The first is when we see “obesity” compared to “eating disorders” as if they are opposites. Our culture has a disturbing tendency to forget that “obesity” is defined as a ratio of weight and height – essentially just about body size – and that eating disorders are a complex combination of physical and mental symptoms.
I saw a study that compared brain circuits of obese women with brain circuits of women with anorexia. This is essentially comparing apples to bowling balls, fat is not the opposite of anorexia nor is it the diagnostic criteria for an eating disorder. Our cultural tendency to conflate weight and health can be deadly when it comes to eating disorders. Eating disorders happen to people at all sizes. Unfortunately when a fat person develops an ED that includes food restriction and/or over-exercising they are often encouraged to continue and even step up the behaviors, even if they can get to the point that they are aware that they are sick and are actively asking for help. Parts of our culture are convinced that thin by any means is better than fat, and that can lead to people dying.
Some eating disorder diagnoses require very specific criteria which includes weight and that has led to a group of diagnoses known as “FED-NEC” or Feeding or Eating Disorders Not Elsewhere Classified [edited thanks to Duckie’s comment below]. This is important because a fat person who develops an eating disorder can die before becoming “underweight” and so if we assume that someone who is fat can’t suffer from an eating disorder then we make a very grave error. Further, thin people can have trouble getting respect and treatment for Binge Eating Disorder, while people can incorrectly assume that a fat body is – in and of itself- a diagnosis for BED.
Even professionals are susceptible to these mistakes. I have taught dance and movement at a number of eating disorder treatment centers. At one that worked almost exclusively with patients who were very thin and dealing with eating disorders, I happened to come in the day that they got a fat patient, one of the therapists said “I’m glad you’re here, [first name] really needs to exercise.” I asked her how much exercise she had been doing previous to starting treatment and she responded that she assumed none. I insisted on a work-up. It turns out that the girl had been overexercising for a long time and, based on her profile, had she not been fat they would have immediately recommended a period without exercise. I’ve also had a Binge Eating Disorder specialist tell me that, in her “vast experience” there was “nobody who got to my size without suffering from BED.” I pointed out that her experience of people my size involves them coming to her office for treatment for BED.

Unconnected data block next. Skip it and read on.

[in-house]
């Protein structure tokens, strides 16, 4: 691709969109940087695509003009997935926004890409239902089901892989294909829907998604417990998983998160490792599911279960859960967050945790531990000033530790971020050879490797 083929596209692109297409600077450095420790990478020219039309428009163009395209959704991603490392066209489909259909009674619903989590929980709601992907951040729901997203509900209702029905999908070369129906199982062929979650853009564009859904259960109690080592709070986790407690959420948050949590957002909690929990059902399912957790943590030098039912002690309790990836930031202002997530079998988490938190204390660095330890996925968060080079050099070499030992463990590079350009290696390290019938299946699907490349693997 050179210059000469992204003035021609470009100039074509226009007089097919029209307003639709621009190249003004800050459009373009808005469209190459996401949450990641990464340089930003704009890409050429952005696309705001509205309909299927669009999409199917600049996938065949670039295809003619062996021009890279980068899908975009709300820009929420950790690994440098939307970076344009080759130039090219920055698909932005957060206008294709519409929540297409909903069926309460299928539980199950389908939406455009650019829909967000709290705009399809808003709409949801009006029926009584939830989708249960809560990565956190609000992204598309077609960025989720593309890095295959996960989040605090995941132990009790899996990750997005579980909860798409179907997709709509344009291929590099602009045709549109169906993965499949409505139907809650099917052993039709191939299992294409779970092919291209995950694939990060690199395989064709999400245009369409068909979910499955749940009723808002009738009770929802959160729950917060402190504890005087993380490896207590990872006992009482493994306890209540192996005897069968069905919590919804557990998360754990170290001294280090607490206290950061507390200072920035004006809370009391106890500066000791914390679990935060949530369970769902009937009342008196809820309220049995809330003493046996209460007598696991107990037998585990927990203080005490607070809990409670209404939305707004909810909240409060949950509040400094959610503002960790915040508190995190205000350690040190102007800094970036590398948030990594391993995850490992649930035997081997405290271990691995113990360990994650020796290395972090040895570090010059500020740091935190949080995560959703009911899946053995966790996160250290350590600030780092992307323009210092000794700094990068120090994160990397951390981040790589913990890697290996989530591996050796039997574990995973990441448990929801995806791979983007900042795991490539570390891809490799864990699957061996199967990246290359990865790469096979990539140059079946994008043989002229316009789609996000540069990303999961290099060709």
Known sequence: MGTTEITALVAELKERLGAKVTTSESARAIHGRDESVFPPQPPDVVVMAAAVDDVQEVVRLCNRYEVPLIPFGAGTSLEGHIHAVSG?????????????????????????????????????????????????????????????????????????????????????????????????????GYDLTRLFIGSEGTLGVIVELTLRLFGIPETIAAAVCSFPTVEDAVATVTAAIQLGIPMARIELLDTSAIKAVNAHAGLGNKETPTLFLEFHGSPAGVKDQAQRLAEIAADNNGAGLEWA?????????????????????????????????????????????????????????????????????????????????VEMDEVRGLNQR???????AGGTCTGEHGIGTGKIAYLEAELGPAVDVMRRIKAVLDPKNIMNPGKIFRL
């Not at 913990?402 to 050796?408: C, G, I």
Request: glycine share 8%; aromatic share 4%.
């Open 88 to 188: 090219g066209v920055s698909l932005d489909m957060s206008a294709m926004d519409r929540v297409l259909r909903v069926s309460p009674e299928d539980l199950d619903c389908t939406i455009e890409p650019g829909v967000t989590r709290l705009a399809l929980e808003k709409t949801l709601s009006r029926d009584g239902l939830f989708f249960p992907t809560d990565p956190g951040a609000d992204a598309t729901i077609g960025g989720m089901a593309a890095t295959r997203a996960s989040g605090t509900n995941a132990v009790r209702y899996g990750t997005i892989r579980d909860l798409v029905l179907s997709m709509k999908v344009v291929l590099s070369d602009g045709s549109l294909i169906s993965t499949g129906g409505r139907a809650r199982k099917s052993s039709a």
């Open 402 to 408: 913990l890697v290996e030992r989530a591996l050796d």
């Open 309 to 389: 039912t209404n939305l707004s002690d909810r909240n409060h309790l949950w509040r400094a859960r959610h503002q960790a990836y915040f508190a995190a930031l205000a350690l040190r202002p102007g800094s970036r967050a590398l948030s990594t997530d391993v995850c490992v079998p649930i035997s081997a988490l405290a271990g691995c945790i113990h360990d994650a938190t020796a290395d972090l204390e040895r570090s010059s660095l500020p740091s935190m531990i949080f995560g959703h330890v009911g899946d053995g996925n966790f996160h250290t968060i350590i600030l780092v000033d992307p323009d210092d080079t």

We all know the adage that if all you have is a hammer then everything looks like a nail. We also know that when a healthcare professional sees a problem repeatedly in their patients they can inappropriately extrapolate to everyone who looks like their patients (like when Dr. Oz says that every fat person he operates on has heart problems and tries to say that means that all fat people have heart problems.) Of course in reality one would hope that every person he operates on, fat or thin, has heart problems, otherwise what is he doing cracking their chest? Just like people come to him for heart problems, people come to a BED professional for BED treatment.) But I think this goes deeper. I think that this is what happens when society tells people incessantly that you can and should make assumptions about what people eat and how much they exercise just by looking at them.
Eating disorders can be deadly so we have to get this right. Eating disorders happen independent of weight. There are fat people who have bulimia and anorexia (or, rather, would, if the diagnosis didn’t include weight), there are thin people who have Binge Eating Disorder. There are very fat people who do not have an eating disorder. There are very thin people who do not have an eating disorder. Calling someone “anorexic” is not a substitute for calling them very thin, and while we’re talking about this how about we just stop making judgments about other people’s body sizes altogether?
I recently wrote a piece for The Emily Project about how the normalization of fat hate can not only influence the development of eating disorders, but can also prevent any chance of a full recovery. I think that the best thing we can do when it comes to eating disorders, and healthcare in general, is take the focus off of weight and put it on treating people based on what is actually happening – their symptoms and situation, and encouraging people to see their bodies as amazing and worthy of care.
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